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doi: 10.4103/0378-6323.16802
PMID: 16394476

An elderly man with a violaceous nodule and anemia

Aparna Palit1 , Arun C Inamadar1 , SB Athanikar1 , VV Sampagavi1 , NS Deshmukh1 , BR Yelikar2
1 Department of Dermatology, Venereology, Leprosy, BLDEA's SBMP Medical College, Hospital & Research Centre, Bijapur, Karnataka, India
2 Department of Pathology, BLDEA's SBMP Medical College, Hospital & Research Centre, Bijapur, Karnataka, India

Correspondence Address:
Arun C Inamadar
Department of Dermatology, Venereology and Leprosy, BLDEA's SBMP Medical College, Hospital & Research Centre, Bijapur-586103, Karnataka
How to cite this article:
Palit A, Inamadar AC, Athanikar S B, Sampagavi V V, Deshmukh N S, Yelikar B R. An elderly man with a violaceous nodule and anemia. Indian J Dermatol Venereol Leprol 2005;71:376-378
Copyright: (C)2005 Indian Journal of Dermatology, Venereology, and Leprology

A 60-year-old agricultural worker, admitted to the surgical ward for bleeding piles of long duration, was referred for evaluation of his skin lesions. He had developed a painful nodule on his left thigh for the past 4 weeks, which had been enlarging rapidly since its onset.

On general physical examination, the patient was pale and emaciated. There were multiple ecchymotic patches over both forearms and legs. A violaceous, shiny nodular lesion of about 4 cm x 4 cm was observed on the extensor aspect of his left thigh [Figure - 1]. The lesion was firm, non-compressible, movable over the underlying structures and slightly tender. Systemic examination revealed hepatosplenomegaly.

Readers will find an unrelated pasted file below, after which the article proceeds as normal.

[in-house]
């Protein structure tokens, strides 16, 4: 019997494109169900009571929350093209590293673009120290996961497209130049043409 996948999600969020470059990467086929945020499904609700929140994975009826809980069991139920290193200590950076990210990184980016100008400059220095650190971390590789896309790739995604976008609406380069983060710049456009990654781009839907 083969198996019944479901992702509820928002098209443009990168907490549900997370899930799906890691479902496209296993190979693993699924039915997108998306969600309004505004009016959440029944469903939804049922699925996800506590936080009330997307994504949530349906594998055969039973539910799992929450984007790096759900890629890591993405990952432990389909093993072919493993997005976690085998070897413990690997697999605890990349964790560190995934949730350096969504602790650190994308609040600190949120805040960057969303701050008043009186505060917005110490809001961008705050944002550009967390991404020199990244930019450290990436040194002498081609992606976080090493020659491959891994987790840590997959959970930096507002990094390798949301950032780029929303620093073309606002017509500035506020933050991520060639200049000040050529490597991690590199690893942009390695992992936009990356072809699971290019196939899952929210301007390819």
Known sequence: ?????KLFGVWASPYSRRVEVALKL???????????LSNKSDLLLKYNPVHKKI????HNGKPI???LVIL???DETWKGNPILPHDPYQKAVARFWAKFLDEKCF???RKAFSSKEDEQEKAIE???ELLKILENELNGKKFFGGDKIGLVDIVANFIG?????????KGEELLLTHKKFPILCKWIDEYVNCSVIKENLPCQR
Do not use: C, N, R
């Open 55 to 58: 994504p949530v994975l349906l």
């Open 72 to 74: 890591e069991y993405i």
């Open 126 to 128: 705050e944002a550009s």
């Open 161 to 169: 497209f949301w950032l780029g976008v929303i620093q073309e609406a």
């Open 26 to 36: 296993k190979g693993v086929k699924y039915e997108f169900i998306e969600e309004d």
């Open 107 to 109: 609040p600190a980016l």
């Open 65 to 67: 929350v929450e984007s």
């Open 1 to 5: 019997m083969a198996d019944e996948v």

A complete hemogram revealed Hb, 7 gm%; TLC, 11,300/cmm; differential count: neutrophils, 42%; lymphocytes, 52%; eosinophils, 4%; and monocytes, 2%; platelet count 60,000/cmm; and ESR, 120 mm at the end of the 1st hour. The peripheral blood smear showed predominantly normocytic, normochromic, few hypochromic, microcytic and nucleated RBCs. A few large cells with atypical morphology were observed.

The Giemsa-stained photomicrograph of the aspirated material from the nodule has been presented in [Figure - 2].

What is the diagnosis?

Diagnosis: 0 Granulocytic sarcoma associated with acute myeloid leukemia The Giemsa-stained FNAC smear showed clusters of blast cells [Figure - 2]. The PAP-stained smear showed large myeloid precursor cells with coarse granules, suggestive of myeloblasts [Figure - 3]. A differential count revealed myeloblasts, 60%; neutrophils, 26%; lymphocytes, 10%; and monocytes, 4%.

The patient was referred to the Medicine Department for further work-up and bone marrow aspiration studies. He refused further invasive investigations and left the hospital against medical advice.


Granulocytic sarcoma (GS) is a rare tumor resulting from extramedullary invasion of granulocyte precursor cells in patients with acute myeloid leukemia (AML).[1] It is variably known as myeloid sarcoma, myeloblastoma or chloroma. The tumors are usually localized to the bone, periosteum, soft tissue, lymph node or skin.[1] The commonest extracutaneous sites are skull bones, orbit and paranasal sinuses, but involvement of intracranial structures, viscera, serous membranes, breast and salivary glands has been reported.[1] When the skin is involved, it constitutes a specific form of leukemia cutis. The lesion occurs as a solitary, rapidly enlarging nodule, occasionally with a greenish hue.